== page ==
US Navy chief outlines China plans

Beijing is using ‘all instruments’ of its ‘national power’ to challenge the United States, the Navy’s top uniformed official said

A senior US military officer has identified China as a “focal point” for the Navy, citing the “phenomenal growth” of Beijing’s military and its ambitious goals for the years ahead. 

Speaking at an event hosted by the Center for Strategic and International Studies (CSIS) on Thursday, Chief of Naval Operations Admiral Michael Gilday called for a “whole-of-government approach to deterring China,” arguing the country is “challenging us through all instruments of their national power.”

“We certainly have a lot of respect for them based on their ability to learn and evolve,” he said. “Thinking about the facts related to China and their phenomenal growth in the military dimension, but also in the economic dimension, not just regionally but globally – they’ve exceeded every deadline they’ve ever set for themselves.”

The admiral went on to note that while Beijing had once set a deadline of 2050 to become “a global power,” it has since moved up that timeframe, first to 2035, and more recently to 2027.

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“And so we take that ’27 timeframe, that President Xi [Jinping] has talked about publicly, very seriously,” Gilday said, adding that Washington therefore seeks to maintain capabilities to “fight tonight” if needed.

In terms of keeping an edge over Chinese forces, Gilday said he would like to see more funding devoted to “weapons that are going to matter in a fight,” arguing Congress should “max out domestic production lines for weapons at range, speed, lethality, and capability in 2023.” He added that the US has maintained “enduring advantages” with its submarine force, as well as in the areas of quantum computing, artificial intelligence and unmanned vehicles and vessels.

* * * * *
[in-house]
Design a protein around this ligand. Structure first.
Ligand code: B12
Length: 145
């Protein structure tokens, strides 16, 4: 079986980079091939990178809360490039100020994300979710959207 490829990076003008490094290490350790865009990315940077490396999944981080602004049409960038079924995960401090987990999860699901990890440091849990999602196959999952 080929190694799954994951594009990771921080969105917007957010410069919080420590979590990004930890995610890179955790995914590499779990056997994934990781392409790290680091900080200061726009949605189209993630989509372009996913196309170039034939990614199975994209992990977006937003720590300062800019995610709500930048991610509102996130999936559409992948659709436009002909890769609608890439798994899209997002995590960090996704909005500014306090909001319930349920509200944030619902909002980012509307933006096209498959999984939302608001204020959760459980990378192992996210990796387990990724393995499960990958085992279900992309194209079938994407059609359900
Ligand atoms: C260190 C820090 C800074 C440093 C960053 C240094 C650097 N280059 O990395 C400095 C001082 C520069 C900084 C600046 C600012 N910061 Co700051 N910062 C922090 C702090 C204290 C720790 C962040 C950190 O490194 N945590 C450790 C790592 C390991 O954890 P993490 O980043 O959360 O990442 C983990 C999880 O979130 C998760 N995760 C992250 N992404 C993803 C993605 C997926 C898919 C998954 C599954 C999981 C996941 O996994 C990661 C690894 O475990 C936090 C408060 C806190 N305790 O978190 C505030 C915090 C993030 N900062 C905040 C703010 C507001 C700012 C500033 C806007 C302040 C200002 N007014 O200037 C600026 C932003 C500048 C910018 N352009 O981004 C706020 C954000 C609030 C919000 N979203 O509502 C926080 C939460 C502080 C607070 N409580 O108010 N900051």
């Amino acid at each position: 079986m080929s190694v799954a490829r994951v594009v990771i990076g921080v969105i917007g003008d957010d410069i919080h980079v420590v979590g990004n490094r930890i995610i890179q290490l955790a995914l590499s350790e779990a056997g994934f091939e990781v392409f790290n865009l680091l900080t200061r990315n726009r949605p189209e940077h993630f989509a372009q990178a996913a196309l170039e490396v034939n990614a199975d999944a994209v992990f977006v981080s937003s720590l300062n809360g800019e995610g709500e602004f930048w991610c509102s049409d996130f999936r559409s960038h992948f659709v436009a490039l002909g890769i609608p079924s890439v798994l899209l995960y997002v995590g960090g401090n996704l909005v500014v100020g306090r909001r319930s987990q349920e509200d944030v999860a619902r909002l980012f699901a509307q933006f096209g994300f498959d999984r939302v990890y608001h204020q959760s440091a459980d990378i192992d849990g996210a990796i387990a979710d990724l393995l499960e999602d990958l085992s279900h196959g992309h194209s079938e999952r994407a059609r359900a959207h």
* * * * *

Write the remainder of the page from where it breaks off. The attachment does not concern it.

Asked about American cooperation with allied states in Asia, the Navy official noted that he had spent significant time with his counterparts in India, a nation he deemed a “huge strategic partner in the future” with respect to confronting China in the Indo-Pacific.

“If you’re concerned about China, you can’t build a navy fast enough to understand what’s going on in [the Indian Ocean],” Gilday said, summarizing his discussions with Indian officials. He noted that New Delhi had “joined the coalition maritime force in the Fifth Fleet,” a US-led multinational body active in waters near the Middle East, Africa and South Asia.

Gilday’s comments are in line with similar statements from US officials in recent years, and the Biden administration has repeatedly named Beijing as Washington’s top competitor on the world stage. Since Joe Biden took office in 2021, the military has conducted near-monthly transits of the disputed Taiwan Strait, which China considers part of its maritime territory, as well as other areas of the South and East China Seas. The Pentagon has also urged lawmakers time and again to step up funding for China-related ‘deterrence,’ including the construction of a multi-billion dollar “highly survivable, precision-strike” missile network located not far from Beijing’s shores.


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